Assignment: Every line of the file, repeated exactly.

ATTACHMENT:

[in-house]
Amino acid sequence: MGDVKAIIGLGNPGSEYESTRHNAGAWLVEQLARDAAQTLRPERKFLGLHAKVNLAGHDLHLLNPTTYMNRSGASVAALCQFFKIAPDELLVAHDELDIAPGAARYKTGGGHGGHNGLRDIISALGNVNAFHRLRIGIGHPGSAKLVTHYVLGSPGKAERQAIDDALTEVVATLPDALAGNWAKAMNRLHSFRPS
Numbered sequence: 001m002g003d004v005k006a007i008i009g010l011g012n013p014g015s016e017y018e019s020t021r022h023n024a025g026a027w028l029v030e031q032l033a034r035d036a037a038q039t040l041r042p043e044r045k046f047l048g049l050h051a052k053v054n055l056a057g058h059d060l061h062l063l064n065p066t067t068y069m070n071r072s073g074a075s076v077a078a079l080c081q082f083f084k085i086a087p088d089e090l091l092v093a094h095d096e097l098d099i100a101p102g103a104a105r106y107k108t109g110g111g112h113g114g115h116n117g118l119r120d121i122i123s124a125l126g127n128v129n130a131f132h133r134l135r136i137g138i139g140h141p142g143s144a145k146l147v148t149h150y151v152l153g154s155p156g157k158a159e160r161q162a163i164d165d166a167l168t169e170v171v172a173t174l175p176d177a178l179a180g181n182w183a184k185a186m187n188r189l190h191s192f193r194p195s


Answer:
[in-house]
Amino acid sequence: MGDVKAIIGLGNPGSEYESTRHNAGAWLVEQLARDAAQTLRPERKFLGLHAKVNLAGHDLHLLNPTTYMNRSGASVAALCQFFKIAPDELLVAHDELDIAPGAARYKTGGGHGGHNGLRDIISALGNVNAFHRLRIGIGHPGSAKLVTHYVLGSPGKAERQAIDDALTEVVATLPDALAGNWAKAMNRLHSFRPS
Numbered sequence: 001m002g003d004v005k006a007i008i009g010l011g012n013p014g015s016e017y018e019s020t021r022h023n024a025g026a027w028l029v030e031q032l033a034r035d036a037a038q039t040l041r042p043e044r045k046f047l048g049l050h051a052k053v054n055l056a057g058h059d060l061h062l063l064n065p066t067t068y069m070n071r072s073g074a075s076v077a078a079l080c081q082f083f084k085i086a087p088d089e090l091l092v093a094h095d096e097l098d099i100a101p102g103a104a105r106y107k108t109g110g111g112h113g114g115h116n117g118l119r120d121i122i123s124a125l126g127n128v129n130a131f132h133r134l135r136i137g138i139g140h141p142g143s144a145k146l147v148t149h150y151v152l153g154s155p156g157k158a159e160r161q162a163i164d165d166a167l168t169e170v171v172a173t174l175p176d177a178l179a180g181n182w183a184k185a186m187n188r189l190h191s192f193r194p195s